My name is Stephanie. I am 8 years old and in the 3rd grade. I live in Scottsdale, Arizona. I was diagnosed with Type 1 Diabetes on August 15, 1998 about one month after my seventh birthday. When I started displaying the symptoms of diabetes, nobody recognized them as signs of a disease. I began losing weight (my mom thought I was growing taller and therefore, slimming down). I was always thirsty (since I live in the desert, my mom thought this was normal too). My mom was actually happy I was drinking so much water, because I usually liked to drink soda and stuff that isn't really good for you. I also had to go to the bathroom ALL the time (my mom thought this was normal too, since I was drinking so much water)!
It is embarrassing to say, but I also wet my bed a few times. This wasn't normal, since I had been potty trained when I was about two years old, but my mom and dad attributed it to the fact I was drinking so much water before bed. They got mad at me for not waking up and going to the bathroom. Finally, in mid August, my mom made an appointment with the pediatrician because I had lost ten or more pounds (which was about 20% of my total body weight) and my shorts were literally falling off my body. She was beginning to realize something was wrong, but didn't know what. Before making it to the doctor's office, I ended up in the hospital!
On Friday, August 14, we went to the mall with my grandma for lunch. She thought I looked terrible and was very worried. My mom explained my symptoms. My grandma said she thought those might be signs of diabetes. We went about the rest of our day, but when I went to bed that night I had a really bad stomach ache and felt awful. After my mom put me to bed, she got out her "Dr. Mom" book and looked up diabetes. She got very scared when she realized that I had EVERY symptom. My dad took me (and my urine sample) to the emergency room about midnight. The nurse checked my blood sugar and it was over 700. They had me transported, by ambulance, to a bigger hospital, where I spent the night in intensive care and was diagnosed with insulin dependent diabetes. I spent a week in the hospital, while they tried to stabilize my blood sugar levels and figure out how much insulin I needed. I missed the first day of second grade, which was the same day I checked out of the hospital.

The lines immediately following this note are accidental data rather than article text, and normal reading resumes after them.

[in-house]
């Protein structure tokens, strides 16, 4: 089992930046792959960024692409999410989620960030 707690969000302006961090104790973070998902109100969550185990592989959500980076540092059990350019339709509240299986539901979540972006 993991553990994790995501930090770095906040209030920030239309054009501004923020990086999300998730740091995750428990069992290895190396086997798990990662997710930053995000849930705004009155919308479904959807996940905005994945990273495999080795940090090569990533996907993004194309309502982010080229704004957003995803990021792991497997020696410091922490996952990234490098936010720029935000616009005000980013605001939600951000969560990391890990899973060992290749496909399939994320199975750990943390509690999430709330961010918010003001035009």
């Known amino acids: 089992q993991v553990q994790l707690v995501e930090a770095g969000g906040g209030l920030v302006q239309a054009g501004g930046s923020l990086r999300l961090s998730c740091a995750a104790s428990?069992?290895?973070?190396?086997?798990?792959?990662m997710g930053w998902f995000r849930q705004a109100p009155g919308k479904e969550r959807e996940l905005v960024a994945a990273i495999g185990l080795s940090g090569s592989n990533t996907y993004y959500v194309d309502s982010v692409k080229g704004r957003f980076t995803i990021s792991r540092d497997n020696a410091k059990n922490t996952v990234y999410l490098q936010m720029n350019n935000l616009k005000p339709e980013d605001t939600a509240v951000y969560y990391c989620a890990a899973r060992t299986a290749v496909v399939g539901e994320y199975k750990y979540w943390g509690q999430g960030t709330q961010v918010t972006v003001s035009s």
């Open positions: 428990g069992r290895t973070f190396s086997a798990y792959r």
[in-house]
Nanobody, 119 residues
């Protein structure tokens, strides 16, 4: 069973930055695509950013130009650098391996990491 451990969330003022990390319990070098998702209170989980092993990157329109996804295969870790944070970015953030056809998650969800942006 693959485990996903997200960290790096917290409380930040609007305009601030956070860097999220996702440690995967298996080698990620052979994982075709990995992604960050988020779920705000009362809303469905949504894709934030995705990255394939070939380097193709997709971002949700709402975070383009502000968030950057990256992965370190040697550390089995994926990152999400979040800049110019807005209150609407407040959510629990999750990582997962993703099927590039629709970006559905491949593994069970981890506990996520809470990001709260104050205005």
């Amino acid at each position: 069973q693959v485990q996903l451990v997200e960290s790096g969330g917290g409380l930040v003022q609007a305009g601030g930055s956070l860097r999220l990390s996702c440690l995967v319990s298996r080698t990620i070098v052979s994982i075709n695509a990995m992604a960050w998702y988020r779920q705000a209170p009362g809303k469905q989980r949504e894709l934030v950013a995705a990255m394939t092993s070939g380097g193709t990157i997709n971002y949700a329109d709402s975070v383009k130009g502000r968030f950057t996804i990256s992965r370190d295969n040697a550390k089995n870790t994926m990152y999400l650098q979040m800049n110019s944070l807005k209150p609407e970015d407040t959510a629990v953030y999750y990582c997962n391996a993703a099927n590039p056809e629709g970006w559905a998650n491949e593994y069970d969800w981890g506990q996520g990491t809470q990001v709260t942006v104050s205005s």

The second day of school, I spent some time teaching the other kids in my class about my disease. I showed them how I test my blood sugar (they thought my purple meter looked like a Gameboy). I also brought in an orange to show them how to do a shot (I told them I would have to have a shot of insulin three times a day and none of them thought they would like to have diabetes). I explained that I wouldn't be able to eat lots of sugary foods anymore (that convinced them they wouldn't want to have diabetes) and that during the day, I would need to eat snacks to keep me from getting too low. The first few weeks, I still didn't feel very good, but I gained my lost weight back. I hated the shots, but tried to be brave. Eventually, when I was able to get my blood sugar in my target range (80-200), I started to feel better.
When Miss America, Nicole Johnson, came to Phoenix last spring to do diabetes screenings and help raise awareness of the disease, my dad took me to meet her. I wanted to have my picture taken with her, but we were told that wasn't allowed, because everyone would want to do it. My dad talked to Miss America's chaperone and told her my story. Nicole not only agreed to have her picture taken with me, but we also talked about diabetes. She showed me the holes on her fingers from being pricked and I showed her mine. She also told me never to let having diabetes prevent me from achieving my dreams. She told me I could do anything I want with my life and I had to promise her I would never give up trying to make my dreams come true! True to my promise, I still do all the things I love...sing and perform in the theater, swim, ice skate, do gymnastics, play with my dog. I haven't let diabetes slow me down! But I do get frustrated at times. Even when I do all the "right" things, my blood sugar numbers can be out of range. Sometimes I cry and tell my mom that I hate having diabetes. She'll give me a hug and say she understands. She tells me I'm a very brave and special little girl! Today (November 6, 1999, they day before my mom's birthday), I started using an insulin pump! It's the new blue one from MiniMed. I had half of an Oreo shake at lunch (usually eating this amount of carbohydrates would have been my WHOLE meal allocation, but I got to eat lunch too) and CAN'T WAIT to sleep in tomorrow! My mom said the smile on my face is the best birthday present she's ever had!
Here's a picture of me with Nicole Johnson! If you have questions about the pump, feel free to e-mail me at firstname.lastname@example.org.
Stephanie with Nicole Johnson, Miss America 1999.
Published November 7, 1999
Last Updated: Sunday December 05, 2004 11:16:20
This Internet site provides information of a general nature and is designed for educational purposes only. If you have any concerns about your own health or the health of your child, you should always consult with a physician or other health care professional.
This site is published by T-1 Today, Inc. (d/b/a Children with Diabetes), a 501c3 not-for-profit organization, which is responsible for its contents.
© Children with Diabetes, Inc. 1995-2015. Comments and Feedback.